Sen Claire McCaskill (D-MO) has told reporters that ‘card-check’ (but not the hallucinogenically-named Employee Free Choice Act) is dead this year:
[via National Review]
McCaskill said that while senators were still negotiating the Employee Free Choice Act (EFCA), a controversial bill to reform union organizing rules, it was unlikely to even include the actual “card check” provision itself, which has been the subject of malign by conservatives and business groups.
“I don’t think that card check is going to come up,” McCaskill said during a weekly conference call with Missouri journalists. “It has not come up, and believe me: if card check, the way it was drafted, was going to come up, it probably would have come up early in 2009 as opposed to now.”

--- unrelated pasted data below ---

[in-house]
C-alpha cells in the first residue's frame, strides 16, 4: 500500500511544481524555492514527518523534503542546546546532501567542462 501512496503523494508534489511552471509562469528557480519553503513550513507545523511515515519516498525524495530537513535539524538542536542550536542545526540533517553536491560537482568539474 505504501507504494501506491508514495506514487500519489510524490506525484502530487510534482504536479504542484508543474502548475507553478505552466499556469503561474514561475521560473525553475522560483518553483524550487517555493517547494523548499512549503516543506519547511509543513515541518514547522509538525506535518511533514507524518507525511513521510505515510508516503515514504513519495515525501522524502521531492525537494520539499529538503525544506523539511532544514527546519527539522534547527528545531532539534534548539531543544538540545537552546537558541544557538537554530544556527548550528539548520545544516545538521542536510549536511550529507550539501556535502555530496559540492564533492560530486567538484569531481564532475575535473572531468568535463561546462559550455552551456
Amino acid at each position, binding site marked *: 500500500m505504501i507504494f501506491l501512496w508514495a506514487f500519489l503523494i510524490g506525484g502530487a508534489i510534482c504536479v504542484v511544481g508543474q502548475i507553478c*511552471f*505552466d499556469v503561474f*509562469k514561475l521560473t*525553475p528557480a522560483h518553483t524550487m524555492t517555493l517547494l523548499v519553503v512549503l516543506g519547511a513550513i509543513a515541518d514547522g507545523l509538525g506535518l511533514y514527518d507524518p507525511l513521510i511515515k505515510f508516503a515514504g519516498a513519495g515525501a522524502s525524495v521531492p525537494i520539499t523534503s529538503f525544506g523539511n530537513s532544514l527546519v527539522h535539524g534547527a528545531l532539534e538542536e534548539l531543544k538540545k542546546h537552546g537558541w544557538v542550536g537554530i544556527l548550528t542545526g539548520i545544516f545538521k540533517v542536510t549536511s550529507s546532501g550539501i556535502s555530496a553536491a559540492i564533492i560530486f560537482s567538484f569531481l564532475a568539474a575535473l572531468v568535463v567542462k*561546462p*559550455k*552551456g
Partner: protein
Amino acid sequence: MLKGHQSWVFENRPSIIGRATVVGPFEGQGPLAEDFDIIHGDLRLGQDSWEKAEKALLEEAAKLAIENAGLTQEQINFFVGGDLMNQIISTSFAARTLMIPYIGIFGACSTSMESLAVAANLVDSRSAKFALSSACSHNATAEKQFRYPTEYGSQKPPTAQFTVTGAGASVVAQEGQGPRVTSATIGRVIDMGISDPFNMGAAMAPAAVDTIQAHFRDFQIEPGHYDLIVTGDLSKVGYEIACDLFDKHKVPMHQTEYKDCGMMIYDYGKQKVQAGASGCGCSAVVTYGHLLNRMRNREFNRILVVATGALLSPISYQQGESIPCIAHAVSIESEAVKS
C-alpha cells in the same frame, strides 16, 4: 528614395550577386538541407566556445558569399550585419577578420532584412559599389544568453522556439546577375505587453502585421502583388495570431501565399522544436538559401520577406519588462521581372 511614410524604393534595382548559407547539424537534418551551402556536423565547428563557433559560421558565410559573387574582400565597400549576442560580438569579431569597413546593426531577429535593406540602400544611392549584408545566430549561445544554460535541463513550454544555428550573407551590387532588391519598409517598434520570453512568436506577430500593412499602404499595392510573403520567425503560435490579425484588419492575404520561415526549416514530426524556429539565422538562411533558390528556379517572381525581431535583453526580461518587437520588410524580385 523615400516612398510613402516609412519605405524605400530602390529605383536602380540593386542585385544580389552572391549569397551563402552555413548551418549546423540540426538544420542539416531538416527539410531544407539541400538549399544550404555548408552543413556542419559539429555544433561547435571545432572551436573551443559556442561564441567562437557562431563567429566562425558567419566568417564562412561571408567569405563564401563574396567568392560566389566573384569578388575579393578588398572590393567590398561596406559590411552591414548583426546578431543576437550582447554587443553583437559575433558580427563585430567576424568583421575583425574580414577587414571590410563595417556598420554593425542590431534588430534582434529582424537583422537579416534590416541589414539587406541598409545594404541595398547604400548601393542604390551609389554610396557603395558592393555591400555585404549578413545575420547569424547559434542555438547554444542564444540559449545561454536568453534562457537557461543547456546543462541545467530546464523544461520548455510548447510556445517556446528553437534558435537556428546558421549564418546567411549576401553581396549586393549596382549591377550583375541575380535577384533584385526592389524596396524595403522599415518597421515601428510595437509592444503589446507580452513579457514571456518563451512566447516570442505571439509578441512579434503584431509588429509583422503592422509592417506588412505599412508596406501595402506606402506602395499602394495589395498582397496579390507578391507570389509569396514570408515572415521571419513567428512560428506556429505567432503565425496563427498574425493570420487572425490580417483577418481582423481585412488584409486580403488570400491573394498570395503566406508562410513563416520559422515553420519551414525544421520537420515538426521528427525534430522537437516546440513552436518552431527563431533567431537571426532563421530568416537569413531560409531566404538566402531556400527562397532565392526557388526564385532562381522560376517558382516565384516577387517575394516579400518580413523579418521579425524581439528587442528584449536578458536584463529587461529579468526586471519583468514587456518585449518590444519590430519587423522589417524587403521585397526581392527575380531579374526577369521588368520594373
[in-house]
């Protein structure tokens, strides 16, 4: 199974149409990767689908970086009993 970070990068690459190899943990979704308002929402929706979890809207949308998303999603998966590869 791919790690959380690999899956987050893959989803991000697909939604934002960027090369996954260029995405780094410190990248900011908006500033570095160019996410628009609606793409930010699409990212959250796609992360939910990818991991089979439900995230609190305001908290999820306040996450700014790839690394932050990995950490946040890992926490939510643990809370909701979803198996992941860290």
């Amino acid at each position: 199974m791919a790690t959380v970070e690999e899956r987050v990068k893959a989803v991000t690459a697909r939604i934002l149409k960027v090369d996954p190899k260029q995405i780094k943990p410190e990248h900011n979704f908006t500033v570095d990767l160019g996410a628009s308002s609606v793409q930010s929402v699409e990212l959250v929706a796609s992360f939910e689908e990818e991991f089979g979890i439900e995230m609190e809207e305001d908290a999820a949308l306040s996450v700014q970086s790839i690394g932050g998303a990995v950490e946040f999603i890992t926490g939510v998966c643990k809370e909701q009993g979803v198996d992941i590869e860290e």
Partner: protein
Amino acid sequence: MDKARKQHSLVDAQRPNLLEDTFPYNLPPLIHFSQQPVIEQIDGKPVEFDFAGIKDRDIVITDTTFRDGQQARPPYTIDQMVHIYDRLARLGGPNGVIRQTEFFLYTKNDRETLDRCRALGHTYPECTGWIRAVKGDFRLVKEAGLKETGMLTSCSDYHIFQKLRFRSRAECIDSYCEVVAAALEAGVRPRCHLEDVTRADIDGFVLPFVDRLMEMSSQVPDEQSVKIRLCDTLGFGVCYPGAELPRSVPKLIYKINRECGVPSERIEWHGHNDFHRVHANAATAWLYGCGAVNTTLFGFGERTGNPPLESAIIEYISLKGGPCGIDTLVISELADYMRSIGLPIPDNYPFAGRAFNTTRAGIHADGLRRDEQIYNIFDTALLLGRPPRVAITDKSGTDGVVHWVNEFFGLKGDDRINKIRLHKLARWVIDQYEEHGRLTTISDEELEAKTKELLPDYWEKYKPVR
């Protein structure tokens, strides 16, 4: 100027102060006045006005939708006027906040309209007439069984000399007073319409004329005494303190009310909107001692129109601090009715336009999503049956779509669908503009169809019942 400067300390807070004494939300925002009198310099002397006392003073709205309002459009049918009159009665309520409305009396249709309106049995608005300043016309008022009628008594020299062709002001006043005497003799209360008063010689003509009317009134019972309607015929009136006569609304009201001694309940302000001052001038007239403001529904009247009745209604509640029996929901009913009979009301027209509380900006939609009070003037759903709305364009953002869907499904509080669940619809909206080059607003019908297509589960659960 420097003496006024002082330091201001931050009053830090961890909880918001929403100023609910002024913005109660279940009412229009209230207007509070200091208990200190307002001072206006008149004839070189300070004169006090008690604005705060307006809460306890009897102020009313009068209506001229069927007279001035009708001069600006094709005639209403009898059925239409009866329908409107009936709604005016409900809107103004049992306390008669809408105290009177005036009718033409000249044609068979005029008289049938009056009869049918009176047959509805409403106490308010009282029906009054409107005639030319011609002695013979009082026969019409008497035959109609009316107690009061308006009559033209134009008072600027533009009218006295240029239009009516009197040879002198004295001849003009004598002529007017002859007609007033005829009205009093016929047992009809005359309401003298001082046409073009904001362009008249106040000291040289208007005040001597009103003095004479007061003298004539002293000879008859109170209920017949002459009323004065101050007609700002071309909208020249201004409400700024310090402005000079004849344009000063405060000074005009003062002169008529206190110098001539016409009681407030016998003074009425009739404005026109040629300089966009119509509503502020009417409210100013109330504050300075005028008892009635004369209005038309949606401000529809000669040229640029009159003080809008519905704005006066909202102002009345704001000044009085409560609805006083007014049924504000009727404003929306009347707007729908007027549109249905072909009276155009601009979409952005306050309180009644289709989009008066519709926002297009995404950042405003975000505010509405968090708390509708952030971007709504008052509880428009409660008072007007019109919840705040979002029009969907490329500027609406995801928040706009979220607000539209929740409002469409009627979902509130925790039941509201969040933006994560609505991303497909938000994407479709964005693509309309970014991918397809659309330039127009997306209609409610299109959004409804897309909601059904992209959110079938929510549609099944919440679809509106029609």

EFCA was a top priority of the labor community heading into last year’s Congress, but the emergence of a series of Democrats to have questioned some of its provisions, along with timing issues on jobs and healthcare legislation, had left the bill on the backburner.
“I think there’s a lot of negotiation that’s going on about card check,” McCaskill said. “Businesses are at the table, and frankly I don’t think the card checking part is the part that’s being discussed at this point; I think that’s been abandoned.”
While McCaskill did not say what is being negotiated as an alternative, the prospects still likely include some version of first-contract arbitration, monetary fines that the union-controlled NLRB could levy, as well as equal time/equal access for union organizers to come onto employer property.
Presumably, the job-destroying Employee Free Choice Act will never really die…at least not until after November.
“I bring reason to your ears, and, in language as plain as ABC, hold up truth to your eyes.” Thomas Paine, December 23, 1776
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